How You Can Improve Your Happiness By Saying ‘Yes’ More

Personally, I know the feeling all too well when someone asks you to do something social and your brain instantly hits back with an “absolutely not” before you’ve even had time to consider whether you actually want to go or not. The sound of going out with your friends and family, occasionally, can seem like just too much. My excuses can range from “I’m too tired” to “I have two essays due, five exams, I’m in a bad mood and my foot hurts”.

Of course, at times, its perfectly reasonable to want some ‘me’ time or even to just prefer the idea of staying in bed and watching a film. While that remains the case, it’s important to remember that sometimes you just have to push yourself. A simple shrugging off of one event can easily turn into a recurring pattern, which can spiral into you feeling distanced and left out, and you’ll eventually find it too underwhelming to attend anything because it’s been so long since you said yes.

This may seem like a dramatic thing to say, but I’ve experienced it myself. I am definitely guilty of using absolutely any excuse to avoid a night out if I think I won’t enjoy it or there are some new people coming who I haven’t met before. Unfortunately, over the years it’s occasionally led to me saying no to things that I actually would like to do, but because I’m so used to saying no for fear of what might happen, saying yes seems impossible.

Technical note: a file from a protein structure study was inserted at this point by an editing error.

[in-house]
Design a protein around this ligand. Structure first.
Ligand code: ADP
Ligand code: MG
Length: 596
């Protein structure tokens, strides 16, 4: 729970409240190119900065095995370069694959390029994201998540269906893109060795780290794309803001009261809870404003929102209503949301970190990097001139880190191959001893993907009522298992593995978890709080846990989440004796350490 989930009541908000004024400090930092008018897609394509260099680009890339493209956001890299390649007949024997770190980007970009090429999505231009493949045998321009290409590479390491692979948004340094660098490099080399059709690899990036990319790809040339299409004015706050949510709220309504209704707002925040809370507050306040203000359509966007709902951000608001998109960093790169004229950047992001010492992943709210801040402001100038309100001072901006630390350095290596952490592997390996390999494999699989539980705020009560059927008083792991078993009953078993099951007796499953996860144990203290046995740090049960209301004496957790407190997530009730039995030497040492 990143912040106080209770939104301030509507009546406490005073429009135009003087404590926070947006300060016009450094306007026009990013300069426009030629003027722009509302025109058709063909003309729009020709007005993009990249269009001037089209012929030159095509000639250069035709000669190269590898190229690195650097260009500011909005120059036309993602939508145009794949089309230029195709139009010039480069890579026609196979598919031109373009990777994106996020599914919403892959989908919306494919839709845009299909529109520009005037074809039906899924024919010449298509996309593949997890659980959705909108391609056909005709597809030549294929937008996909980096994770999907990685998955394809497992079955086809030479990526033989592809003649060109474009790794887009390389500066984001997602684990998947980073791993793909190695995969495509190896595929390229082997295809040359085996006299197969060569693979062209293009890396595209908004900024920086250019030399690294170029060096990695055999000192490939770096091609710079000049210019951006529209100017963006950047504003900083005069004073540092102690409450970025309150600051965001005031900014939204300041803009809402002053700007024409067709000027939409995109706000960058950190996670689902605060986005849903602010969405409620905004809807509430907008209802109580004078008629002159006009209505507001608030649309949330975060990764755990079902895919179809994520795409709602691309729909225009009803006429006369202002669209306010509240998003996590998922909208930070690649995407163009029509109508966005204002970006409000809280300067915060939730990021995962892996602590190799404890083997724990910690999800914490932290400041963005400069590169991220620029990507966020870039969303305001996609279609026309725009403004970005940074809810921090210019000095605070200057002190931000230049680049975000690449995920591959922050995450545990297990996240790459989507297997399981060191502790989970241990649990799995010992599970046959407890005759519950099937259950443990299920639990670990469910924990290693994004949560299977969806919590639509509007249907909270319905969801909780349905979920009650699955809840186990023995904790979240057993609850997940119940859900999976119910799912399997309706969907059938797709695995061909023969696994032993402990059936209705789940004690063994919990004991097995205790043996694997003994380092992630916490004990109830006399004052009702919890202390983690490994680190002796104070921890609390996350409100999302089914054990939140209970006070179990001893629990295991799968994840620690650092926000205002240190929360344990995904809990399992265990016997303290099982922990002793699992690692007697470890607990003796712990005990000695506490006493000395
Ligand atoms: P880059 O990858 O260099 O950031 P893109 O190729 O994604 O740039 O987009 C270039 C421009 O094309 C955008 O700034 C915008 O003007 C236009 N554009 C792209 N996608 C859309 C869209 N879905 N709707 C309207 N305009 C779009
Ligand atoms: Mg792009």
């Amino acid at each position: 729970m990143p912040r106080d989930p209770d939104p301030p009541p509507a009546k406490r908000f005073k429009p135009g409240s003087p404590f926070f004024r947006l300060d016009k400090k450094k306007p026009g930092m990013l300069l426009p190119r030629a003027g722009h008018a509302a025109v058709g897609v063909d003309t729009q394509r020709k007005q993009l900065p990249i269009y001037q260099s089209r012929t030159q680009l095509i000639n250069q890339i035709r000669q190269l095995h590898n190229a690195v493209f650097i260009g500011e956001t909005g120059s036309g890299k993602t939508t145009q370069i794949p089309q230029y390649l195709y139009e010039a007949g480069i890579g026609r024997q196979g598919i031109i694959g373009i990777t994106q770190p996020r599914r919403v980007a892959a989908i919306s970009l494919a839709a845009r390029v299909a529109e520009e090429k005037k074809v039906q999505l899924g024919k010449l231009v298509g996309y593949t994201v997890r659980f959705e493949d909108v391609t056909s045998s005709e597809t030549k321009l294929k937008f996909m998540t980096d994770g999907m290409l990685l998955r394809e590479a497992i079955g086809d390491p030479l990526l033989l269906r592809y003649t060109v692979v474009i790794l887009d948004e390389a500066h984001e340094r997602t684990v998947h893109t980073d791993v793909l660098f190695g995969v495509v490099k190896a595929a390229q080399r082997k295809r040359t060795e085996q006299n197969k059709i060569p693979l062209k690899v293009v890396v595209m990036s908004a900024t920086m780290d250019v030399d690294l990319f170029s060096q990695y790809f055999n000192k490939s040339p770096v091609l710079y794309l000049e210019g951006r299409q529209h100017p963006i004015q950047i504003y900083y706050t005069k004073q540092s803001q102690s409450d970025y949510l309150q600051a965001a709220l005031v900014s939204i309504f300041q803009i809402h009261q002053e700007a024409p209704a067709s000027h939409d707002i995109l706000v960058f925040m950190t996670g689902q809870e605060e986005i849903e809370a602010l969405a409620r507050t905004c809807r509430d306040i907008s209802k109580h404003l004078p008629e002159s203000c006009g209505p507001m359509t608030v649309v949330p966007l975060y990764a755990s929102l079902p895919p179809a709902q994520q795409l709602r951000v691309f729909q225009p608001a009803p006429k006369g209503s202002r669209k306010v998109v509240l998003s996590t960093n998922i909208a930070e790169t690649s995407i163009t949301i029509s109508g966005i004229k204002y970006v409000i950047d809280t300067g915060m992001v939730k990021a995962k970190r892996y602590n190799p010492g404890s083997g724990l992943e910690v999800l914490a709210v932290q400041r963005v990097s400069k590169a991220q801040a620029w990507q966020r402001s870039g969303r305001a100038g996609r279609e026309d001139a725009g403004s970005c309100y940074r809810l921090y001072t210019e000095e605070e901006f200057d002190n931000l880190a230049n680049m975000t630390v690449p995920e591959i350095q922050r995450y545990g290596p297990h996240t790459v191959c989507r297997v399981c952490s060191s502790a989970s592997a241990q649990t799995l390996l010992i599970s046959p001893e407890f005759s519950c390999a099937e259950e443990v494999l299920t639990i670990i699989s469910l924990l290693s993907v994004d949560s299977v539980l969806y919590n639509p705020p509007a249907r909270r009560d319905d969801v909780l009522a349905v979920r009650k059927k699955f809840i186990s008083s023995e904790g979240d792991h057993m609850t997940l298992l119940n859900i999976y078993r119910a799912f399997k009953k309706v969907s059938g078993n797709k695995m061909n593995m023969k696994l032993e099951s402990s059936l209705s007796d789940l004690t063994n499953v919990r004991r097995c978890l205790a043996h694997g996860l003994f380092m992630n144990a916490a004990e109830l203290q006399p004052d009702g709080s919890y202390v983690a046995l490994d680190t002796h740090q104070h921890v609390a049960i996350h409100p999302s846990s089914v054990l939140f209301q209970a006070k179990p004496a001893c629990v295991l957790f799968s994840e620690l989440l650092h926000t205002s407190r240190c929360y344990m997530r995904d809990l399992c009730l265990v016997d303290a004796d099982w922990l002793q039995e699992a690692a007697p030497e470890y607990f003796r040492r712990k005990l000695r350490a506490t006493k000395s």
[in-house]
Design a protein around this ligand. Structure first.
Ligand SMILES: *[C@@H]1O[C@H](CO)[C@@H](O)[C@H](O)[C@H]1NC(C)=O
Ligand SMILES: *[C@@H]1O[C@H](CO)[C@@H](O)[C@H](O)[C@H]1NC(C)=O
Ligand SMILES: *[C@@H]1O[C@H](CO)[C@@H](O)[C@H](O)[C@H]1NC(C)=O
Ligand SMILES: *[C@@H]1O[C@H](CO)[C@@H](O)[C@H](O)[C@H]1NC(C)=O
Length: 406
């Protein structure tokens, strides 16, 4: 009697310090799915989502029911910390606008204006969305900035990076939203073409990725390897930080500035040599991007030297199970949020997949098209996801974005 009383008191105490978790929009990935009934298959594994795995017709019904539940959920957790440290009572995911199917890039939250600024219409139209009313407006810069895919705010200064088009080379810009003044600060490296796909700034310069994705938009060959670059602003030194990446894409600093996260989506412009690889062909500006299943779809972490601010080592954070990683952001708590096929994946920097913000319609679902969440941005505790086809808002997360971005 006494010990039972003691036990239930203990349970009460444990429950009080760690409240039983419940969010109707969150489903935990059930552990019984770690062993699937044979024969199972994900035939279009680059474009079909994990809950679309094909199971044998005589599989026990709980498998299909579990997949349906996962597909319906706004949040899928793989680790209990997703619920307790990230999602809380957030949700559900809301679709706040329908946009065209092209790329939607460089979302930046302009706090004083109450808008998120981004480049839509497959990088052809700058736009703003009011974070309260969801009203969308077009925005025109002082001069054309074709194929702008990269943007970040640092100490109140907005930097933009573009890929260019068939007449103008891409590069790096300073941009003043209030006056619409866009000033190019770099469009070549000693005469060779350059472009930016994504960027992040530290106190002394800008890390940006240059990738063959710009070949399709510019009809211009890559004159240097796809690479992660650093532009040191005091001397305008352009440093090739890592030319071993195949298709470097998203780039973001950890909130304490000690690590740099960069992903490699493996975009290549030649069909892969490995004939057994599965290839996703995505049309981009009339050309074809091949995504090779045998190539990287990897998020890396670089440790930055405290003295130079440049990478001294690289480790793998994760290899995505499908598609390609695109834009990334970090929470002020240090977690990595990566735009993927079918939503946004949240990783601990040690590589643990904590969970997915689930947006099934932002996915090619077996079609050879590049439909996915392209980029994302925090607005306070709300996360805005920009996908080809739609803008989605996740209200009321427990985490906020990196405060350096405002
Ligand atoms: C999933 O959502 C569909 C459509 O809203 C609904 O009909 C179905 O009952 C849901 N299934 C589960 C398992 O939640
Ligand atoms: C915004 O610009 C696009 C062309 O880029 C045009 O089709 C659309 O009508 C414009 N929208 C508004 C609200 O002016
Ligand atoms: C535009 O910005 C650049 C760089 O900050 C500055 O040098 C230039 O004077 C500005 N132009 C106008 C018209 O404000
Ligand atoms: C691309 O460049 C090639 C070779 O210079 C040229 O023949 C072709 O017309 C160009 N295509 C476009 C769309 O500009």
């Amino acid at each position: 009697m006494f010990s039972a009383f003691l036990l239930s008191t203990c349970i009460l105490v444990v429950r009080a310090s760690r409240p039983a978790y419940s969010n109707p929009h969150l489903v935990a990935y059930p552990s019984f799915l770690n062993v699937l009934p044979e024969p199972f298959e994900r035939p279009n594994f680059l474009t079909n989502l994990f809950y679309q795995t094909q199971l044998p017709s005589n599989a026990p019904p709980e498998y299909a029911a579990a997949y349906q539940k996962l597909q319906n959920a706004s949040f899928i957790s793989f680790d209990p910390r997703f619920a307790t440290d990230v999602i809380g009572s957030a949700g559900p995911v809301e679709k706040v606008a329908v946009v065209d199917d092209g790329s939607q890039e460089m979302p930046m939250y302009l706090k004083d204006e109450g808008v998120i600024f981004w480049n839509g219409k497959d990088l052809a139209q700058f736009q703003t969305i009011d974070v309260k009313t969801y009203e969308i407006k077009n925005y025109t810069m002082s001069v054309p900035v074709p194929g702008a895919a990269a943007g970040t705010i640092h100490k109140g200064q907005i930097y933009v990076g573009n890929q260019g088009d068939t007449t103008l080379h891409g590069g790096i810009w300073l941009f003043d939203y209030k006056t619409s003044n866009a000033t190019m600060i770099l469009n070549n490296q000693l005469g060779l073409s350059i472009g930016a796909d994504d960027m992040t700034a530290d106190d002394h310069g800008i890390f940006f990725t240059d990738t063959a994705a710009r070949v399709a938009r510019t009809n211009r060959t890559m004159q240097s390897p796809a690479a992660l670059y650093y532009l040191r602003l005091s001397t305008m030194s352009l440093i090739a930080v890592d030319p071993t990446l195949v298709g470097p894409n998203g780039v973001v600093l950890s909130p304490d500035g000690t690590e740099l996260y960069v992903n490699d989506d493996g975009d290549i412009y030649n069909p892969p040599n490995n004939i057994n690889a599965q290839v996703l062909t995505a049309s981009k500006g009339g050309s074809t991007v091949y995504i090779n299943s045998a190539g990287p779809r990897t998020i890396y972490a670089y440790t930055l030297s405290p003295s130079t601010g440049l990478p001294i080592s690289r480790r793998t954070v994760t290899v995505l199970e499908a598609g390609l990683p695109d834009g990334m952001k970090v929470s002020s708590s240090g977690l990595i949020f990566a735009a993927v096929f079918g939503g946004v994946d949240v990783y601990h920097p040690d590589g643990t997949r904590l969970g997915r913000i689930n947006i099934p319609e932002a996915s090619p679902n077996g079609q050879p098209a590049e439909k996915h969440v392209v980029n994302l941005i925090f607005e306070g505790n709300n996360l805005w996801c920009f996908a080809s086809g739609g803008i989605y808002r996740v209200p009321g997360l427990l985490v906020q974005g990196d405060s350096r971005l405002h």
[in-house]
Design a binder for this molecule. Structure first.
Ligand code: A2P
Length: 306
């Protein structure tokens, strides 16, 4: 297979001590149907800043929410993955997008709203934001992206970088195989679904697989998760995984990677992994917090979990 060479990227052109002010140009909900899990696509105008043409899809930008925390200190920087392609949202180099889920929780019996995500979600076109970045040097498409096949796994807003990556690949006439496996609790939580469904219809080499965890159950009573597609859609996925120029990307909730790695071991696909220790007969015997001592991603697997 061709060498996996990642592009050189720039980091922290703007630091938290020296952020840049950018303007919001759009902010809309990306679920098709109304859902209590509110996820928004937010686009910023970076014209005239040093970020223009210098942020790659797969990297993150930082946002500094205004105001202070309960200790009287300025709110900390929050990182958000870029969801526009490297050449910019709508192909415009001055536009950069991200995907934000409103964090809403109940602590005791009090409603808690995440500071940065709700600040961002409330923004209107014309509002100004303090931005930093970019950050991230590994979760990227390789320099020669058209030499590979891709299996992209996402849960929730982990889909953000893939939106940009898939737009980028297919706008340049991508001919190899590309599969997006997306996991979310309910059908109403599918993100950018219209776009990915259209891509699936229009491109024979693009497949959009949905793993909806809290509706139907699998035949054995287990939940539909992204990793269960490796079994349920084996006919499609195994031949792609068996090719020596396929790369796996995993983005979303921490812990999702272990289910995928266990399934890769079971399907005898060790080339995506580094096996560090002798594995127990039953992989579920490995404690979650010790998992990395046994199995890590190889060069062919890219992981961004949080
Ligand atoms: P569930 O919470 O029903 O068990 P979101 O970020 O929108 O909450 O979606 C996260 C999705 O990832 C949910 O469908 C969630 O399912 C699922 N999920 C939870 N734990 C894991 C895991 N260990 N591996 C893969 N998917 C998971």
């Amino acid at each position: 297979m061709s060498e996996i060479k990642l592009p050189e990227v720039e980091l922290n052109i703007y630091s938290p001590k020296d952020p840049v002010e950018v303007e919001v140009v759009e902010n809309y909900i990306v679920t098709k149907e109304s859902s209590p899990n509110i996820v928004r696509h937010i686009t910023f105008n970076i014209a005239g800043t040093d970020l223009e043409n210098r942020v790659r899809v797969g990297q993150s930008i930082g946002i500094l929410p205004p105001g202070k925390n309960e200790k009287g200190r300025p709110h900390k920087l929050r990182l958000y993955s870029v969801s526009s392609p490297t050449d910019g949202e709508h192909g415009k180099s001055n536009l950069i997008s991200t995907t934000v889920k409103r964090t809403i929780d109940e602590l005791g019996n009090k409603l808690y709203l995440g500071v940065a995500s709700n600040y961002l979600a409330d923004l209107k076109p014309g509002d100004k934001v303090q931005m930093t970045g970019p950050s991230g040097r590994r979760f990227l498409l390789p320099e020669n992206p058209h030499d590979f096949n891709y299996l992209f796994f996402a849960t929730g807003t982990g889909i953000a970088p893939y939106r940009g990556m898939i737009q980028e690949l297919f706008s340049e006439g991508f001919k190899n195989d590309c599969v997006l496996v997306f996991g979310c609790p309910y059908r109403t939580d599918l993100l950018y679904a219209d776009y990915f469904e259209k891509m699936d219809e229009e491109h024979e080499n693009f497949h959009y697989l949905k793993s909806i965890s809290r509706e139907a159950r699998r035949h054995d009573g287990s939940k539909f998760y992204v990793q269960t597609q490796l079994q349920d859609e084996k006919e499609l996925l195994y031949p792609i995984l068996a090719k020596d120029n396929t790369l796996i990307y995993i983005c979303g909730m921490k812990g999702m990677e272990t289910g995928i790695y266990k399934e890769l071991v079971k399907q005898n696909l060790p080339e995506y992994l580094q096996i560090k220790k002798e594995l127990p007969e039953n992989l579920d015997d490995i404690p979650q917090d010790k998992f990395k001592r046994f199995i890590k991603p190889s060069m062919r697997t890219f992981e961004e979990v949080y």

At times, saying ‘yes’ can seem like the hardest thing to do and there may be the odd offer to go somewhere which really doesn’t interest you. In these times, recently, I’ve found it really useful to sit back and take the time to think about things before impulsively making an excuse. Good questions to ask are “What do I actually have to lose by going to this?”, “Am I going to feel left out and excluded if I don’t go?”. “Why is it that I don’t want to go and is that a rational reason?”.

The truth is, saying yes is such a simple yet massively effective way of improving your quality of life. The prospect of going to an expensive gig you’re not interested in or going to a new night out doesn’t have to be negative. You may not be interested, but even if you don’t have a great time, you can make memories with your friends and actually laugh about the tragic things you’ve been to over the years, rather than sitting there awkwardly while everyone talks about the thing you missed out on.

You might find that you develop new interests, meet new people and try new things. Really, what has anyone ever gained from saying no? Part of life is doing things which make you uncomfortable, so you can grow as a person. Anyway, you’re never going to sit back and fondly remember the time when you stayed home alone and watched mean girls for the fifteenth time rather than going out with your friends. So, just say yes!

Edited by Angelica Beier